Violet: There's no future without a past. This is not just in food, but in everything. In pop culture. How can we be cutting edge if we don't know who has done it before us? If you are a creative person, then you get too proud of what you've done when actually other people have been there and done that. Singapore, in being so forward, has forgotten how to draw reference.
We all know that food is a necessity. We need food to survive. How about good food? What determines good food to each of you and do you think this should be a necessity, or is it still an indulgence or a luxury?
YM: It's all of that and more. It's also somebody's obsession, somebody's guilty pleasure... the best thing about it is that it can be whatever you want it to be. My mother is obsessed about creating and playing with food, not about eating. She has a unique relationship with it, something that I also want to have with food. I just used to eat it, or if I go to a restaurant, I eat it. Now, it's something that I think about. I do this for work, and I dream about it.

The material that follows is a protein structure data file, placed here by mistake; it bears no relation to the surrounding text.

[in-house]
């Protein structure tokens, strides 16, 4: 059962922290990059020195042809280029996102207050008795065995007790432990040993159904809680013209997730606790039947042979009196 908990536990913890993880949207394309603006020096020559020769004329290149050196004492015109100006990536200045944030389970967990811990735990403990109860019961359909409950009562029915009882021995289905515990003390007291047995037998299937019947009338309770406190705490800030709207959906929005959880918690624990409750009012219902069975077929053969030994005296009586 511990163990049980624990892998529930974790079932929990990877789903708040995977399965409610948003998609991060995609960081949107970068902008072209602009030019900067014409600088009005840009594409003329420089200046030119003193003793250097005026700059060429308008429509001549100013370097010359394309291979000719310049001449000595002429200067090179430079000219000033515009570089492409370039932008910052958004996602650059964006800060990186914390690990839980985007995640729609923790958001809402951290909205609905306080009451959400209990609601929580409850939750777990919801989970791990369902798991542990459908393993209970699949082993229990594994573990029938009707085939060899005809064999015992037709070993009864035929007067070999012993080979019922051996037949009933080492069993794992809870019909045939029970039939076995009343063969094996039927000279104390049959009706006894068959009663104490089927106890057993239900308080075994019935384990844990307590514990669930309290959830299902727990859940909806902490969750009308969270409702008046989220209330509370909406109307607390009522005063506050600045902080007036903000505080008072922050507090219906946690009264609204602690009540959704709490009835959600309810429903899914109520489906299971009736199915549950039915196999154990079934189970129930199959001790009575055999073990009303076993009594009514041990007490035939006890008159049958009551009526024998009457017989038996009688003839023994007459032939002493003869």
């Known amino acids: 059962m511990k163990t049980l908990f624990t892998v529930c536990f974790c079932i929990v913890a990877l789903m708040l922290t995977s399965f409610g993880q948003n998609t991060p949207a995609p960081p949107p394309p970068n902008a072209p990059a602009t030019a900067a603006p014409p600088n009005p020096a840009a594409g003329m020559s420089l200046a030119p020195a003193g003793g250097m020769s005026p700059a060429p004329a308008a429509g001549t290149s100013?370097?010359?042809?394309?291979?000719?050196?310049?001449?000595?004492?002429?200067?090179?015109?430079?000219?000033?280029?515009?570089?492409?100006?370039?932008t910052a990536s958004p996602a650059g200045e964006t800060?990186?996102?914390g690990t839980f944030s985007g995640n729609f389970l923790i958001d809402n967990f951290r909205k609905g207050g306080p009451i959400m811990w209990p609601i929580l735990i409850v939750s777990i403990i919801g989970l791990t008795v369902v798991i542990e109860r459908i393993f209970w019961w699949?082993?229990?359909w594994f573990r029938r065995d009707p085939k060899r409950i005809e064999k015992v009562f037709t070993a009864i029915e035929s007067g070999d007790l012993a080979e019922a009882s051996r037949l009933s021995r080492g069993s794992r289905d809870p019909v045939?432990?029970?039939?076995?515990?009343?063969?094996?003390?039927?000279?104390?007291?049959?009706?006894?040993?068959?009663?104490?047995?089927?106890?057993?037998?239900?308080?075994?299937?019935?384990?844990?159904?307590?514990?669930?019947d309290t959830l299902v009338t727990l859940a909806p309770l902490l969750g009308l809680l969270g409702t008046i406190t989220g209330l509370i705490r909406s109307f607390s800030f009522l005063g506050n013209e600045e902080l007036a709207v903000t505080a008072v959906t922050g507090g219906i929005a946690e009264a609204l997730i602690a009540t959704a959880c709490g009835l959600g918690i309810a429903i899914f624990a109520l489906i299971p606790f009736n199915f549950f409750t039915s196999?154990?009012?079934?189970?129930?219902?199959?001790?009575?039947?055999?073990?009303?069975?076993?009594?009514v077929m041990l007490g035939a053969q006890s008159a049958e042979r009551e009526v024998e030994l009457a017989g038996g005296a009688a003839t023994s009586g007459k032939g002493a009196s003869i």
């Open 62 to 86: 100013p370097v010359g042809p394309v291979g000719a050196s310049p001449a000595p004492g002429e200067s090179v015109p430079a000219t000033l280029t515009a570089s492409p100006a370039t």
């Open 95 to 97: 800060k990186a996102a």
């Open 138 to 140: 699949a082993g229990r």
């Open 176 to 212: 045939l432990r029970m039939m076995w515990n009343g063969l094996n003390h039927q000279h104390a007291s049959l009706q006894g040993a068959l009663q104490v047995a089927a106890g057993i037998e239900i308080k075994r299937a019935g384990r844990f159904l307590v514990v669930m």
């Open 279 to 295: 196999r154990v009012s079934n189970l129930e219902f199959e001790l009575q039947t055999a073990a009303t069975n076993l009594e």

Violet: I feel that the enjoyment of food is not a matter of life and death. For millions of people, it really is a matter of life and death. We shouldn't be picky about that. I don't have to have wonderful food all the time.
YM: Somebody asked us what our last meal in this lifetime would be. My answer was just Teochew porridge.
Violet: It's comfort.
Finally, who, or what, are your Muse(s)?
YM: My muse is the Peranakan cuisine.
Violet: My muse is the next adventure. What's around the corner? Stay hungry, stay foolish. That's really important! If you're not foolish, you won't try new things.
Words: Euginia Tan, Contributing Section Editor